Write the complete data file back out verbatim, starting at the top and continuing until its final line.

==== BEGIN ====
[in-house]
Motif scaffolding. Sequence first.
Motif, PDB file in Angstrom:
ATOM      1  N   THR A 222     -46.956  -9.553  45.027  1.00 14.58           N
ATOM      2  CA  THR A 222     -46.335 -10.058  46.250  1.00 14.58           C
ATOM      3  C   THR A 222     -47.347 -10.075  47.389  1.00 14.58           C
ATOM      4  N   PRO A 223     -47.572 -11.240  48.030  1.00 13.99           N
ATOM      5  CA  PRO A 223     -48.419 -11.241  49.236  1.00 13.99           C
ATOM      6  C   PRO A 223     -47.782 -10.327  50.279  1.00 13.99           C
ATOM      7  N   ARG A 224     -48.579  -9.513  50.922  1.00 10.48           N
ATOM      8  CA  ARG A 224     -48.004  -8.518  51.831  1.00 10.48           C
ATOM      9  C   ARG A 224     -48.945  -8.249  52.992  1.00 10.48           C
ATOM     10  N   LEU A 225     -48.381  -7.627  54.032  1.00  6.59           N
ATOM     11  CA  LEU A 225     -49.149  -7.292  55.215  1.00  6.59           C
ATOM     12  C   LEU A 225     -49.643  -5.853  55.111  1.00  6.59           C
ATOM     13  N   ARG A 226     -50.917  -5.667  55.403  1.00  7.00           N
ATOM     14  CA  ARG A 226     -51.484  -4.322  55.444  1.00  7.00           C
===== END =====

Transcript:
[in-house]
Motif scaffolding. Sequence first.
Motif, PDB file in Angstrom:
ATOM      1  N   THR A 222     -46.956  -9.553  45.027  1.00 14.58           N
ATOM      2  CA  THR A 222     -46.335 -10.058  46.250  1.00 14.58           C
ATOM      3  C   THR A 222     -47.347 -10.075  47.389  1.00 14.58           C
ATOM      4  N   PRO A 223     -47.572 -11.240  48.030  1.00 13.99           N
ATOM      5  CA  PRO A 223     -48.419 -11.241  49.236  1.00 13.99           C
ATOM      6  C   PRO A 223     -47.782 -10.327  50.279  1.00 13.99           C
ATOM      7  N   ARG A 224     -48.579  -9.513  50.922  1.00 10.48           N
ATOM      8  CA  ARG A 224     -48.004  -8.518  51.831  1.00 10.48           C
ATOM      9  C   ARG A 224     -48.945  -8.249  52.992  1.00 10.48           C
ATOM     10  N   LEU A 225     -48.381  -7.627  54.032  1.00  6.59           N
ATOM     11  CA  LEU A 225     -49.149  -7.292  55.215  1.00  6.59           C
ATOM     12  C   LEU A 225     -49.643  -5.853  55.111  1.00  6.59           C
ATOM     13  N   ARG A 226     -50.917  -5.667  55.403  1.00  7.00           N
ATOM     14  CA  ARG A 226     -51.484  -4.322  55.444  1.00  7.00           C